Lead­er­ship over­haul at NUM congress changes what might hap­pen in Cosatu con­flict and ANC suc­ces­sion strug­gle

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highly com­pe­tent or­gan­is­ers over some mi­nor dif­fer­ences and cre­ated fer­tile ground for di­vi­sions and fac­tions, with most peo­ple fol­low­ing their lead­ers into the hands of ri­val unions.”

A del­e­gate from the plat­inum belt said: “Even a blind man could have seen that Baleni was lay­ing this union on a sil­ver plat­ter for the dogs to tear into.”

Yes­ter­day, Sipunzi down­played the sig­nif­i­cance of his victory, say­ing “peo­ple like mak­ing moun­tains out of mole­hills”. But he did in­di­cate a change of di­rec­tion, say­ing he would like to share a ta­ble with Amcu.

“We could en­gage Amcu in unity talks in a bid to level the ground for healthy com­pe­ti­tion among the ri­val unions. Noth­ing pre­vents us from do­ing that,” he said.

He said the NUM had lost mem­bers be­cause “some were given false prom­ises and oth­ers were ex­pelled right­fully or wrong­fully”. On Cosatu, he said it was the NUM’s duty to unite it. “At the mo­ment, we have some af­fil­i­ates in­side and out­side the fed­er­a­tion. Cosatu must go back to where it was,” said Sipunzi.

Numsa deputy gen­eral sec­re­tary Karl Cloete said the union would make a public ap­peal to the new NUM lead­er­ship about re­solv­ing di­vi­sions in Cosatu.

“If they want unity in the fed­er­a­tion, we’ll ask them to iden­tify as­pects of what went wrong in Cosatu with­out any in­ter­fer­ence from the ANC and the SA Com­mu­nist Party,” said Cloete.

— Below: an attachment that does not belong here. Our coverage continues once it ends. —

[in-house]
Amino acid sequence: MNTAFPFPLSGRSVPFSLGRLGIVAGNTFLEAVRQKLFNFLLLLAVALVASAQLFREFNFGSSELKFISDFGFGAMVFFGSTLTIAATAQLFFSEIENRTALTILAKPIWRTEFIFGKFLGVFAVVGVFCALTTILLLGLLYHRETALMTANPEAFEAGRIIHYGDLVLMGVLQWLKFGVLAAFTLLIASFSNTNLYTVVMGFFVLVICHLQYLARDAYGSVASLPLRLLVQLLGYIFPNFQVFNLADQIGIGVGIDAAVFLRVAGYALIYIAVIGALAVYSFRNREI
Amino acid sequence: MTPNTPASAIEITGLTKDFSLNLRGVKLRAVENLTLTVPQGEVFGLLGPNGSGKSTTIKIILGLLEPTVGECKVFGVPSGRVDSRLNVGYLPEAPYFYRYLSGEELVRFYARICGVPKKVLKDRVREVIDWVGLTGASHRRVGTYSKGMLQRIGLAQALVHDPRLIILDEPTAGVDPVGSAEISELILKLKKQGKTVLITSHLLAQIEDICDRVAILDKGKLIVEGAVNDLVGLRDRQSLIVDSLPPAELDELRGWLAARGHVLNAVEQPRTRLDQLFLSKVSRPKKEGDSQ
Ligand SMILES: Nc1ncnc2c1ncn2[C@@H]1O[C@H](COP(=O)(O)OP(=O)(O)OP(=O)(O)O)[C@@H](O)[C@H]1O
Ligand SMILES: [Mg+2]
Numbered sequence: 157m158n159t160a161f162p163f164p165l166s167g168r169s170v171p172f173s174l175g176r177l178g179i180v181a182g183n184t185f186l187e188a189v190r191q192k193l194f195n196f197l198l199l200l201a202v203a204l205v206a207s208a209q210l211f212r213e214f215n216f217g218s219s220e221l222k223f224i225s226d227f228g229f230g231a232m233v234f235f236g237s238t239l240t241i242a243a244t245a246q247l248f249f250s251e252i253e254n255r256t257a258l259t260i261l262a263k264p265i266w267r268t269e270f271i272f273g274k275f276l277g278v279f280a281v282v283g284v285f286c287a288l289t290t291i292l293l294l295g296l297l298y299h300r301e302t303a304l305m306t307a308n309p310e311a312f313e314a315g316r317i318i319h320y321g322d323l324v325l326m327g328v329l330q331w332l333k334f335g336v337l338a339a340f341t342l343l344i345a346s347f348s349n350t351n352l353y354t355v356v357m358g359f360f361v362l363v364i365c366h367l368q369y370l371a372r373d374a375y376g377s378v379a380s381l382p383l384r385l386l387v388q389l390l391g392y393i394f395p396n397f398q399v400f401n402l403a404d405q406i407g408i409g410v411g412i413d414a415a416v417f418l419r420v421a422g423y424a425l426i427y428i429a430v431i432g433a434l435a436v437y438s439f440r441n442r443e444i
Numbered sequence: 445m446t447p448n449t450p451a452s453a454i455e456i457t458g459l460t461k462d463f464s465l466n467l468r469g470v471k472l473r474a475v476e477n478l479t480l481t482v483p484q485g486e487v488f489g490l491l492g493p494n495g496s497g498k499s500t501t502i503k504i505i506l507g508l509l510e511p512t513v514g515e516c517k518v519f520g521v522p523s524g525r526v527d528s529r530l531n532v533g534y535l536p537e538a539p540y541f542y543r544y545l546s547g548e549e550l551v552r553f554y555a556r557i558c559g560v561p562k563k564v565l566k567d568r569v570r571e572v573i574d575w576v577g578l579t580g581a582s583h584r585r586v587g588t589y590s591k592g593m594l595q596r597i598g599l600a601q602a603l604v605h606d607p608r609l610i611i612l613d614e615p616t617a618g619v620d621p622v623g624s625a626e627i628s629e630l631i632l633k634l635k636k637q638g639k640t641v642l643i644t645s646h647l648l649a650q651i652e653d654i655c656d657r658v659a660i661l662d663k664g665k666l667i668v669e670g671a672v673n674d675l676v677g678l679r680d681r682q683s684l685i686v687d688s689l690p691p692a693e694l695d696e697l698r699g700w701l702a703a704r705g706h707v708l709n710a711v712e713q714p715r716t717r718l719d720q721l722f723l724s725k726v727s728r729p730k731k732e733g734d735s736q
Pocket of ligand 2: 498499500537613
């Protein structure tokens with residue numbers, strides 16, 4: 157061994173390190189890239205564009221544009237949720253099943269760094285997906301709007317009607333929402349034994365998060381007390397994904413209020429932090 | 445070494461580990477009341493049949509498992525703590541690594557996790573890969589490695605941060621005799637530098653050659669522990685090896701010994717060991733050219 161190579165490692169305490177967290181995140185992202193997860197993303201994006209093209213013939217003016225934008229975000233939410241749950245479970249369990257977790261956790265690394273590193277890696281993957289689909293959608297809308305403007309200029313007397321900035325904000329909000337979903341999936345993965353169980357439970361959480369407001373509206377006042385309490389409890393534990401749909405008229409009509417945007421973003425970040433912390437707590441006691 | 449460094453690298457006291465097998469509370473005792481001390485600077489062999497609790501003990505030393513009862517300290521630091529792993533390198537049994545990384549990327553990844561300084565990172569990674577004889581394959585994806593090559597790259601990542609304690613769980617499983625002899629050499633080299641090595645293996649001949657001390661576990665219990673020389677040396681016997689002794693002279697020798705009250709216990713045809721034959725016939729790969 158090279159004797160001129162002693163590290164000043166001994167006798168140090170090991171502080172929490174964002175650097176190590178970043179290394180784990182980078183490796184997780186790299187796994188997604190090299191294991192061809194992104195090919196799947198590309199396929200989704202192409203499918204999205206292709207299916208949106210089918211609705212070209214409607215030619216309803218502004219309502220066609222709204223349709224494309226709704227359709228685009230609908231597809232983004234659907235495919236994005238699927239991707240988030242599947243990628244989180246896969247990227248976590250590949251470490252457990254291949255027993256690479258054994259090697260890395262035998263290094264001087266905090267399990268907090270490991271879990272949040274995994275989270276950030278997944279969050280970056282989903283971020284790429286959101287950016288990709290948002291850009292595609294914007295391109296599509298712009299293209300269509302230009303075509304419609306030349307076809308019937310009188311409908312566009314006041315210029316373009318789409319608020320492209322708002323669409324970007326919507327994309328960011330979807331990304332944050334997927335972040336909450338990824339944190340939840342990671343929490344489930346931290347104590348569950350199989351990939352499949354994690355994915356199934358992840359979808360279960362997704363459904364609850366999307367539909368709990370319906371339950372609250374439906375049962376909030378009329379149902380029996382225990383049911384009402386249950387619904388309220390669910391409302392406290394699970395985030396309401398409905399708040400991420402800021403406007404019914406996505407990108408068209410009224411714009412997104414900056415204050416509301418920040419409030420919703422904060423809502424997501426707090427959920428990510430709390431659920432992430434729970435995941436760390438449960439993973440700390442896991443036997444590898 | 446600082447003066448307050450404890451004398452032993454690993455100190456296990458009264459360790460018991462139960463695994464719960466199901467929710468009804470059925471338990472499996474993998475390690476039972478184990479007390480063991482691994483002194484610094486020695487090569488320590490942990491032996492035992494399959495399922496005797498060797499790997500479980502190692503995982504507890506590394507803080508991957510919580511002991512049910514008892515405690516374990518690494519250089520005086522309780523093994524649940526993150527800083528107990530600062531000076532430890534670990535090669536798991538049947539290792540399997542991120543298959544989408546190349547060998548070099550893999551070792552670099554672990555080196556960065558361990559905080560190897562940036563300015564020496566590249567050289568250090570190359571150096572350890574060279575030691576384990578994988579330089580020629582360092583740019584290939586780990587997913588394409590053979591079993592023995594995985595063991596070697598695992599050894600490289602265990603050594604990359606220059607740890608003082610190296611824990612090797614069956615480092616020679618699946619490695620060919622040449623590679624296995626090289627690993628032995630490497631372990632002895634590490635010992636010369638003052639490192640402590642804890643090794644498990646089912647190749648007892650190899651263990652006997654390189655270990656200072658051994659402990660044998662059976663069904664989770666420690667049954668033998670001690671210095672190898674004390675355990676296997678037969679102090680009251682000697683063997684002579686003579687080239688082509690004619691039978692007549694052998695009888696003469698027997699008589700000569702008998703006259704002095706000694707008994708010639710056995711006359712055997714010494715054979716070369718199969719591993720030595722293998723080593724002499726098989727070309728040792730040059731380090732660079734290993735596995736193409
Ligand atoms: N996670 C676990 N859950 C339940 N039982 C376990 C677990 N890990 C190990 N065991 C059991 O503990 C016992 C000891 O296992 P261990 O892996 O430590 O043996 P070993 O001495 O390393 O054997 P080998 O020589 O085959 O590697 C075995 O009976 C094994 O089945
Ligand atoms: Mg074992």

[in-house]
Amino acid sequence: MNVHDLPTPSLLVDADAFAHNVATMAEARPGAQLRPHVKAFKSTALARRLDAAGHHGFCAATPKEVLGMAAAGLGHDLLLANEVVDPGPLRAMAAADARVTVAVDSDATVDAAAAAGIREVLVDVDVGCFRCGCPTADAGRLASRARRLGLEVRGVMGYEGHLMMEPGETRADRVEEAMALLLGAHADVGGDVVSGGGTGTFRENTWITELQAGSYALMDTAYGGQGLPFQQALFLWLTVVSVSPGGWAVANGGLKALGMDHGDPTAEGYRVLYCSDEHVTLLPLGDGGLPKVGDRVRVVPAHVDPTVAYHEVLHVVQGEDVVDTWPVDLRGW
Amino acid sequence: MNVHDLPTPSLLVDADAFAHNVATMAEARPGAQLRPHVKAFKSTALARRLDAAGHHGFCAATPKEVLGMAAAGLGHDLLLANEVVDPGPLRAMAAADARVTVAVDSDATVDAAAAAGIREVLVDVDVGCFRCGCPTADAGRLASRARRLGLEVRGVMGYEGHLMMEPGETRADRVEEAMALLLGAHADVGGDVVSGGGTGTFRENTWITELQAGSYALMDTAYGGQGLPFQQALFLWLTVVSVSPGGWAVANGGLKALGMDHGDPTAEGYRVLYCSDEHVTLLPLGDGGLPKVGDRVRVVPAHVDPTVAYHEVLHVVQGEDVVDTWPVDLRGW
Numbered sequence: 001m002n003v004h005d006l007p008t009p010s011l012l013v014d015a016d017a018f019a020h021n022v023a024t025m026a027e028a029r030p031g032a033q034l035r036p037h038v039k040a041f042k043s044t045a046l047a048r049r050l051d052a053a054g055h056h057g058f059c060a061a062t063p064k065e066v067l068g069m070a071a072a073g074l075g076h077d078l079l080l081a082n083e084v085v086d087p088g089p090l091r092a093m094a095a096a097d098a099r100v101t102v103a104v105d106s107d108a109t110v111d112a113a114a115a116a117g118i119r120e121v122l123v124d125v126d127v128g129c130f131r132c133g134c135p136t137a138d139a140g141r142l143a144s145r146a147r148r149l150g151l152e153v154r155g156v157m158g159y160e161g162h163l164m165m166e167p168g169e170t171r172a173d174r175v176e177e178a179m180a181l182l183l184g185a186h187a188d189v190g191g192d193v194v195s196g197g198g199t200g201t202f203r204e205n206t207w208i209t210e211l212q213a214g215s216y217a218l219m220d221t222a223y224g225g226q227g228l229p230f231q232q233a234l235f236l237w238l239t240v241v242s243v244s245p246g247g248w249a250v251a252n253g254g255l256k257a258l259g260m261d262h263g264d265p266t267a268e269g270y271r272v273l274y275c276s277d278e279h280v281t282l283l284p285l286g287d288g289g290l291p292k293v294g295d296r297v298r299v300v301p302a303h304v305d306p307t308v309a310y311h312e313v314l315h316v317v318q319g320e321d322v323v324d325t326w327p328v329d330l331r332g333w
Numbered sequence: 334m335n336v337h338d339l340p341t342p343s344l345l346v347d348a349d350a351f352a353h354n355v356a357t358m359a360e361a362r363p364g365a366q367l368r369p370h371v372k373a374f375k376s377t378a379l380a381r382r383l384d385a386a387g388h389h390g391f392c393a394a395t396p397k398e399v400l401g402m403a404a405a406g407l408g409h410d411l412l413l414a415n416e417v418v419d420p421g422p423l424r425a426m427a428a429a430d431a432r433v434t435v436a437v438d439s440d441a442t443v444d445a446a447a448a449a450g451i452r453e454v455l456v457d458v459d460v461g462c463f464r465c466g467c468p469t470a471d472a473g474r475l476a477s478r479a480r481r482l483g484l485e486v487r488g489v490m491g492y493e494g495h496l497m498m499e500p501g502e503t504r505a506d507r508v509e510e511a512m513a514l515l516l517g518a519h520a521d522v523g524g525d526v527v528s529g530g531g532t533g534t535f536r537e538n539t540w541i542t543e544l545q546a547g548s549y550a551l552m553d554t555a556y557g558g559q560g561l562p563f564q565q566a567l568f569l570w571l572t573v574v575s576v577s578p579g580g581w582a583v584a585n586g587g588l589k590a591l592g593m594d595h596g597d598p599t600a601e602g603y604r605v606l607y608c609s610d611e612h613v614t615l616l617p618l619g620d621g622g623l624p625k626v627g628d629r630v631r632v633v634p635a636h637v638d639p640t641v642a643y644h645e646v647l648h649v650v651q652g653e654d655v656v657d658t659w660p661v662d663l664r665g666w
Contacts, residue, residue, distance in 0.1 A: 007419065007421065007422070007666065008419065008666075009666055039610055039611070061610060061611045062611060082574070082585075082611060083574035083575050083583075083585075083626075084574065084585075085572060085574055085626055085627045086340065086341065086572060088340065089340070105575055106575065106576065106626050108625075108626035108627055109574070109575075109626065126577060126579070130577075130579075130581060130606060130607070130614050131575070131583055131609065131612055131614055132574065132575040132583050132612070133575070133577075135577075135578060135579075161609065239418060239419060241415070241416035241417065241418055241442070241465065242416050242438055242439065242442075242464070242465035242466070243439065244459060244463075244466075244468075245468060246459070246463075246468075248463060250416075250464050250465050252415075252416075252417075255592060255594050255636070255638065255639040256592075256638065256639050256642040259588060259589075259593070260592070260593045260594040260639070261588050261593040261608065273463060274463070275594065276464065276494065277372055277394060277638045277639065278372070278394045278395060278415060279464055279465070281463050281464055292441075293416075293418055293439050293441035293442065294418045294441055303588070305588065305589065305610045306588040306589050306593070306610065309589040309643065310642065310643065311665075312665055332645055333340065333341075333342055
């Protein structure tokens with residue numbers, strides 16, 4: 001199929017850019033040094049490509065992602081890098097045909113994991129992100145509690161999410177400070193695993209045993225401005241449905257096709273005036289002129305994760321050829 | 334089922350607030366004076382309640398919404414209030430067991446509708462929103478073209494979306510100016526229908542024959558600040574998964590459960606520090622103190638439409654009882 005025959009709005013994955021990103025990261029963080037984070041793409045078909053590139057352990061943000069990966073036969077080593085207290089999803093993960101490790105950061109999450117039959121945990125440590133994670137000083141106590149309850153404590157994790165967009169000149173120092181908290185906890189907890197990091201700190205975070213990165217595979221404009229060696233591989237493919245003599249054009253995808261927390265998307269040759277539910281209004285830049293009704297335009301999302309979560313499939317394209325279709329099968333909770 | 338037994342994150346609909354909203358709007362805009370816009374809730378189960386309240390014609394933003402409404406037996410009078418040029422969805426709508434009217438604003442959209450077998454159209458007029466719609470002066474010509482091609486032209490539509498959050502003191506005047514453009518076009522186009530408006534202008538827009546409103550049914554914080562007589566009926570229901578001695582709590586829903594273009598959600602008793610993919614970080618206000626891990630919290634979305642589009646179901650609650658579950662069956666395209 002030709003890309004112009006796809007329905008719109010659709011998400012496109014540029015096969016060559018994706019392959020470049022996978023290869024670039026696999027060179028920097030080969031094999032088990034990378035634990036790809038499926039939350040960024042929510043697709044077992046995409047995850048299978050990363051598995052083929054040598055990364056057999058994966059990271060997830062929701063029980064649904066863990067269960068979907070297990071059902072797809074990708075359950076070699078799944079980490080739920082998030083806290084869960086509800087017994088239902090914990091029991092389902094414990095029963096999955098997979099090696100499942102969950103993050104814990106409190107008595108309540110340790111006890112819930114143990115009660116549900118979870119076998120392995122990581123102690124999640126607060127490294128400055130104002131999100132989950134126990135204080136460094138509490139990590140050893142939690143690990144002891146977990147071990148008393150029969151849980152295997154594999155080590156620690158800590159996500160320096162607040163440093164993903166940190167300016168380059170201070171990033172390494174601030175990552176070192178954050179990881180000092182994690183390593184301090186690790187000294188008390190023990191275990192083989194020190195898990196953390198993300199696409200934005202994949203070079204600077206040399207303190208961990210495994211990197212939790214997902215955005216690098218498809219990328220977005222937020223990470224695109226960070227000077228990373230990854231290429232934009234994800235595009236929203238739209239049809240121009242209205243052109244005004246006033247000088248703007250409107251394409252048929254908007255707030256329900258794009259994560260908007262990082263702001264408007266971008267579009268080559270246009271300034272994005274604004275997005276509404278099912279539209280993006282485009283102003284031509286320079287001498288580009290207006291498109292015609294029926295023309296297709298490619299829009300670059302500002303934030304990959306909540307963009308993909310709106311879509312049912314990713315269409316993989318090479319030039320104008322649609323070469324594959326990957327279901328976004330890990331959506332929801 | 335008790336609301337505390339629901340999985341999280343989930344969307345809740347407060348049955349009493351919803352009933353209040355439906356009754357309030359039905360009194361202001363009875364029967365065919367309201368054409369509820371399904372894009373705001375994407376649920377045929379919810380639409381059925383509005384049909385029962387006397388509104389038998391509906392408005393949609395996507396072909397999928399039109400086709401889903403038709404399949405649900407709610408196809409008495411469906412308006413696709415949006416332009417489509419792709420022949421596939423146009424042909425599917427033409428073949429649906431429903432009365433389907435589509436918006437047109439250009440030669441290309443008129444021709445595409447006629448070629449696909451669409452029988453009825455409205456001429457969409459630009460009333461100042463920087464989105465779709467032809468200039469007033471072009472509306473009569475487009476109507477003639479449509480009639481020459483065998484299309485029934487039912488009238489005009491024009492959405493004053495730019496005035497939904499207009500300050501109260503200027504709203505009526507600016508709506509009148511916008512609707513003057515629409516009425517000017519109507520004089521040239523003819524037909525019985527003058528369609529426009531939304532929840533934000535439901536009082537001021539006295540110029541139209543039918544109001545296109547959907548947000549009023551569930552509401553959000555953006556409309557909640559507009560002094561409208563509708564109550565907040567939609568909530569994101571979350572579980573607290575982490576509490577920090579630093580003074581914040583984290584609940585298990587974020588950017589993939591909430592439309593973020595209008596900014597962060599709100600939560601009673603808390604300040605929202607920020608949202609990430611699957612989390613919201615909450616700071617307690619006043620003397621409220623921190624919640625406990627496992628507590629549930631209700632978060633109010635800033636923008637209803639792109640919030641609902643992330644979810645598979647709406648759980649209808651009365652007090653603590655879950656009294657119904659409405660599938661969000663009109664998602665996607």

He was op­ti­mistic about Vavi’s fu­ture, say­ing the NUM’s “or­di­nary mem­bers never took it for granted that their union had dealt with its own in a very de­spi­ca­ble man­ner un­der Baleni”.

The Food and Al­lied Work­ers’ Union (Fawu), one of those back­ing Vavi and Numsa, said the NUM’s hunger for mem­bers might pre­vent it from fight­ing for Numsa’s re­in­state­ment.

But Fawu gen­eral sec­re­tary Katishi Masemola said Vavi’s NUM roots would en­sure that the new lead­er­ship would fight for its own.

“This kind of lead­er­ship change bodes well for a change of stance in Cosatu, es­pe­cially for Vavi,” he said.

One of Baleni’s long-term lieu­tenants, who de­scribed Sipunzi as “a brave union­ist”, said the change in lead­er­ship would have a big im­pact on the up­com­ing Cosatu congress.

“The like­li­hood is the NUM train will change di­rec­tion re­gard­ing Vavi and Numsa, and they might want them back on board,” he said.

Mean­while, the Baleni fac­tion’s push for a Ramaphosa/Man­tashe ticket at the ANC’s 2017 con­fer­ence could be dead in the wa­ter.

If he had re­tained his po­si­tion, Baleni would have been a force­ful driver to get NUM branches – many dou­bling as ANC branches – to back Ramaphosa and Man­tashe.

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